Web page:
Do You Use ROBLOX for School?

November

07, 2013

by JacksSmirkingRevenge


Archive

ChalkboardThat’s the question we asked our Twitter followers a week ago. We encouraged them to take a survey about how they’ve used ROBLOX for school assignments and projects. The feedback we received showed us that not only is ROBLOX helping young technology enthusiasts learn the skills they need to turn their passions into careers, but helping them have fun while earning great marks in school. We sifted through the submissions in search of creative uses of ROBLOX in student educational endeavors. Here are four of our favorites.

Last year, builder Asleum used ROBLOX to create a 3D model for an Environmental Studies class. The demo he created blends a variety of techniques, including environment construction, GUI design, and water levels that shift via script, among other details.

Turbine

He explains:

My group and I decided to give a presentation on tidal tides. We were allowed to use informative documents to illustrate what we wanted to say in our presentation. I originally wanted to use a video, though I couldn’t really find any on the internet that could get my point across. I decided to use ROBLOX to make my own animated 3D tidal power plant with captions included. I’ve never had so much fun making a school project. My friends and teachers were really impressed with the build, and I got an excellent mark on the exam.

Builder Siccity used ROBLOX to supplement his 7th grade science project. Utilizing ROBLOX physics, he built a Rube Goldberg machine that runs based on the forward momentum of a ball — pushed by the player. You can even fly around and step on the scales!


Here’s his story:

We had to make a functional Rube Goldberg machine that could complete simple tasks. I knew that ROBLOX physics would allow me to create a virtual version of the machine that would run just the same as the real one I created. I strung a bunch of non-can-collide bricks through gaps in the platforms, and added a large rubber ball. I presented both my physical creation and ROBLOX creation and got a 48/50 on the assignment, with extra points in “presentation!”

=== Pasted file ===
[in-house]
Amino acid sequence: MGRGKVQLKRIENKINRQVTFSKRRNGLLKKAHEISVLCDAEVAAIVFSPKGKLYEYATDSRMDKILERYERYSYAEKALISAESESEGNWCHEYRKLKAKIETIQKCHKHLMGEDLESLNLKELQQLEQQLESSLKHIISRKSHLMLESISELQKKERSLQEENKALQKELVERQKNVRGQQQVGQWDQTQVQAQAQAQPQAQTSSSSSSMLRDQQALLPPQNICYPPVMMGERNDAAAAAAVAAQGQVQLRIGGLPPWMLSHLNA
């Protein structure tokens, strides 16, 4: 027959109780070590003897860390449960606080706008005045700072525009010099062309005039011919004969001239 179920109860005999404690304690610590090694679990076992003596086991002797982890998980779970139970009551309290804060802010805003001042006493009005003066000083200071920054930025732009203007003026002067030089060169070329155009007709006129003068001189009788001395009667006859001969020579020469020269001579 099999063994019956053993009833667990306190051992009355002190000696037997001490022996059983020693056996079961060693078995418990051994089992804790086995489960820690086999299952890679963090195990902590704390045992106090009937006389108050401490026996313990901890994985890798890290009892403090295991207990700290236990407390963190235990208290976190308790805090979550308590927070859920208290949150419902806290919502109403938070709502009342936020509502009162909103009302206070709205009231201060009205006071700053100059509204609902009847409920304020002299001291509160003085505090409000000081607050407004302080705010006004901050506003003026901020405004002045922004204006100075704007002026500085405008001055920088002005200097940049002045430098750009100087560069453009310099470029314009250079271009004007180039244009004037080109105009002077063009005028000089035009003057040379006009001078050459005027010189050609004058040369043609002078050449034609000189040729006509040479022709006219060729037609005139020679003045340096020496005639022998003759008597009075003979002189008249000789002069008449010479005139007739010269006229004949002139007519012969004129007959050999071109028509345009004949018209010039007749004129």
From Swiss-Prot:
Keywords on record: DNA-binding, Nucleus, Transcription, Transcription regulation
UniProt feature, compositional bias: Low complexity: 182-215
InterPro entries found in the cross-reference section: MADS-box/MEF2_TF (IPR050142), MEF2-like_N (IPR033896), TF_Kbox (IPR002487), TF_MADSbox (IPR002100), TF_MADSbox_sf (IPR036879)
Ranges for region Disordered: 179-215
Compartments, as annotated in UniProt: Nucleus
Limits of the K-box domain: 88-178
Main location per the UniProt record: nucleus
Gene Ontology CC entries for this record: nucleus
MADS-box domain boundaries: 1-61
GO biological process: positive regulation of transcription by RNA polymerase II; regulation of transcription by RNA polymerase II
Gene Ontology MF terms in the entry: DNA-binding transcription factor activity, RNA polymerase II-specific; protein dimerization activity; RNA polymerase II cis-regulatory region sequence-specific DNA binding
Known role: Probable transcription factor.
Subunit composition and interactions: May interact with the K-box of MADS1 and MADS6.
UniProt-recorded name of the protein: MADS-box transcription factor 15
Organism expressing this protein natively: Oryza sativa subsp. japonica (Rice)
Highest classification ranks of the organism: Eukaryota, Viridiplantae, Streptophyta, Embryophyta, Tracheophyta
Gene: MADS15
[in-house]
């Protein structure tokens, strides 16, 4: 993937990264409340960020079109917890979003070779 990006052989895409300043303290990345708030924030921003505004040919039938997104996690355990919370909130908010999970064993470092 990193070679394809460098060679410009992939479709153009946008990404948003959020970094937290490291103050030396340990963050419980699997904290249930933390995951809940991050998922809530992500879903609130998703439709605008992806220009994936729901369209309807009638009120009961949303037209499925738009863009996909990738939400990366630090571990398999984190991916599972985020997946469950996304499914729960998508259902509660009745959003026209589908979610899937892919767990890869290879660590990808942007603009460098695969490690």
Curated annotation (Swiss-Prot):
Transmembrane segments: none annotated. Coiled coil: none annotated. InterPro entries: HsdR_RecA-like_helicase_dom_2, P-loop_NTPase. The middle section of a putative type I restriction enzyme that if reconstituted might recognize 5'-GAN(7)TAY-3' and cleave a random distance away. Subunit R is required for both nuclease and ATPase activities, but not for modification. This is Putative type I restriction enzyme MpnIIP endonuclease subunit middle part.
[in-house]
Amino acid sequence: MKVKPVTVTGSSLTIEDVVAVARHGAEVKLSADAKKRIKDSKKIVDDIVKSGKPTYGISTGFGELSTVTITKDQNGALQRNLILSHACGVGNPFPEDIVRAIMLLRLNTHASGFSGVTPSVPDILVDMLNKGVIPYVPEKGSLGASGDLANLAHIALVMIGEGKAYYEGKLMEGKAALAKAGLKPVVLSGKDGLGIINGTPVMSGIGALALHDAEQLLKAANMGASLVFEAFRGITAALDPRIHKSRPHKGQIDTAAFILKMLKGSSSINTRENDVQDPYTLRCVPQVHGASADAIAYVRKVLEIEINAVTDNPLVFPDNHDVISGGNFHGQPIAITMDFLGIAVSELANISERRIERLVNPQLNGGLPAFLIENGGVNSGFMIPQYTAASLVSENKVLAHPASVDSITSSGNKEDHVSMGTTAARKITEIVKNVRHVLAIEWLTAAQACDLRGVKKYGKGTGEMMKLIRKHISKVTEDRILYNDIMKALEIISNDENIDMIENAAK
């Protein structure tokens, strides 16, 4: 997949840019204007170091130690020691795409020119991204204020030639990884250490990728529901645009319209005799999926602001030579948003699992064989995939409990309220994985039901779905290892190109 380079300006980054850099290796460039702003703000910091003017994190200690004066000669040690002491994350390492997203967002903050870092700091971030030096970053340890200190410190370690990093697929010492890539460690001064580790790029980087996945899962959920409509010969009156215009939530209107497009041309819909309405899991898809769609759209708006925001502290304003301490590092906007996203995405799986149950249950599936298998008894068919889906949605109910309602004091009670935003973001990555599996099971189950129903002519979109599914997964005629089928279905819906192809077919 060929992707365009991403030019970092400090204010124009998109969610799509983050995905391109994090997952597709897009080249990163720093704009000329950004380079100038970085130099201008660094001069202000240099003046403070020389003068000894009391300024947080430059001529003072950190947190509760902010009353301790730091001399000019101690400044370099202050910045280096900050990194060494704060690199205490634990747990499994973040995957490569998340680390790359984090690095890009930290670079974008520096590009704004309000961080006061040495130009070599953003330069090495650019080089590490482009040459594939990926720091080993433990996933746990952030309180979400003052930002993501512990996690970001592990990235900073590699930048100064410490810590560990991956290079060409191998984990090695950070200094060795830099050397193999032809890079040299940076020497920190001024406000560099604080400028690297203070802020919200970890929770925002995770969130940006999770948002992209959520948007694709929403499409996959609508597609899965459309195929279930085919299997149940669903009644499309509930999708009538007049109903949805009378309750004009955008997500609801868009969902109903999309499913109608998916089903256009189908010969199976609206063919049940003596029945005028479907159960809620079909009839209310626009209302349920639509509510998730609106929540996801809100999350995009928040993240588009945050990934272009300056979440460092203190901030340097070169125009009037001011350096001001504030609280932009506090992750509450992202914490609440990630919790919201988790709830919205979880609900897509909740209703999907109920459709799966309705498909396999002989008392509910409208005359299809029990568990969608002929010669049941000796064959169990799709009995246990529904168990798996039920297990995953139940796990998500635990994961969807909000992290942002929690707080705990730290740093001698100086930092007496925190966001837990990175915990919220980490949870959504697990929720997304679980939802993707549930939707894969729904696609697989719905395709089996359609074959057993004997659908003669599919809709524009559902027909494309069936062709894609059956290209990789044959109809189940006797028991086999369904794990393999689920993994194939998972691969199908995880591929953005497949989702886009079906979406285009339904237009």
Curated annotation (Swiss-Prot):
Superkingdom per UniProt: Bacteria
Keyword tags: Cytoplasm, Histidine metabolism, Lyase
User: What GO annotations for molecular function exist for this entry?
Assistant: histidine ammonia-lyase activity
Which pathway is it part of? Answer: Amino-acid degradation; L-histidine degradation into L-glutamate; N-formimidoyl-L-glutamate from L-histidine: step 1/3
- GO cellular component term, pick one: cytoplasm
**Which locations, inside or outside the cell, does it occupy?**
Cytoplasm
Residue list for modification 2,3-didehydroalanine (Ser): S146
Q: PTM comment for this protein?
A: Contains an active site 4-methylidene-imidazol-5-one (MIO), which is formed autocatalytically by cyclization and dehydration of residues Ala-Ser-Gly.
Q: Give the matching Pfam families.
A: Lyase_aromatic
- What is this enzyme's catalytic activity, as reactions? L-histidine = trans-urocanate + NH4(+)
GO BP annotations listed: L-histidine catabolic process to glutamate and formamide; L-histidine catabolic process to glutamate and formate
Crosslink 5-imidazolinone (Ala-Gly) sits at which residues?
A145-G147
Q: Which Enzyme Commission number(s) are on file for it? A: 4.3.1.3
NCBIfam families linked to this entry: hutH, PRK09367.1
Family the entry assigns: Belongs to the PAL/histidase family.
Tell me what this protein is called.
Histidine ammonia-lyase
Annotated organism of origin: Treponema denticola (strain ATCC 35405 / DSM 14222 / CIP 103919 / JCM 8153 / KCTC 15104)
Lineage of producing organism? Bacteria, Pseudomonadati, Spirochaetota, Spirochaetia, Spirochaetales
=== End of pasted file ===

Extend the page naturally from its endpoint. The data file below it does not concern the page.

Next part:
Prolific builder NowDoTheHarlemShake has been using ROBLOX throughout middle school and well into high school for various educational projects. He shared some of these projects with us:

I’ve used ROBLOX for three projects in middle school and high school. The first was an assignment where we had to design a map, and label all the pathways and rooms. I figured ROBLOX would be the perfect way to do this–I built a huge level with lots of walls and pathways, and labeled them with GUIs. I got a 100% on that project, though I sadly no longer have the link to the place.

NDTHSVideoLater, we had to create a video project based on some of the reading we did for class. I decided to build a ROBLOX level and characters from the Agatha Christie book, “And Then There Were None.” I recreated the overall plot of the book and condensed it into a 15 minute ROBLOX video. My teacher was curious what program I used to create it.

Lastly, I recently had to complete a project where I had to design an island and label 15 key features–mountains, straits, oceans, seas–lots of things. Once more, ROBLOX was the way to go. I built this island, and got a 45/40 on the project–earning the extra five points for being creative.

Finally, robloxian785 used ROBLOX for a surprisingly sentimental school project. The graveyard he created is massive, and several of the headstones feature the real-life names of soldiers who perished in war.

Memorial

We’ve been studying the first World War in my history class, and we were tasked with building a structure related to the memorials of veterans. I’m terrible with arts and crafts, but figured ROBLOX would be the best place to do it. I created the Commonwealth War Graves Cemetery, which is an accurate recreation. I hoped to engrave each headstone with real names of veterans who lost their lives. There are headstones with real names, just not all of them. Engraving each headstone turned out to be a strenuous task and I ran out of time. I’ll get back to it at some point.

This is just a small sample of the submissions we received–perhaps we’ll feature more school projects on the blog in the coming weeks! Of course, if you’ve ever used ROBLOX to innovate in your education, make sure to let us know (and share links).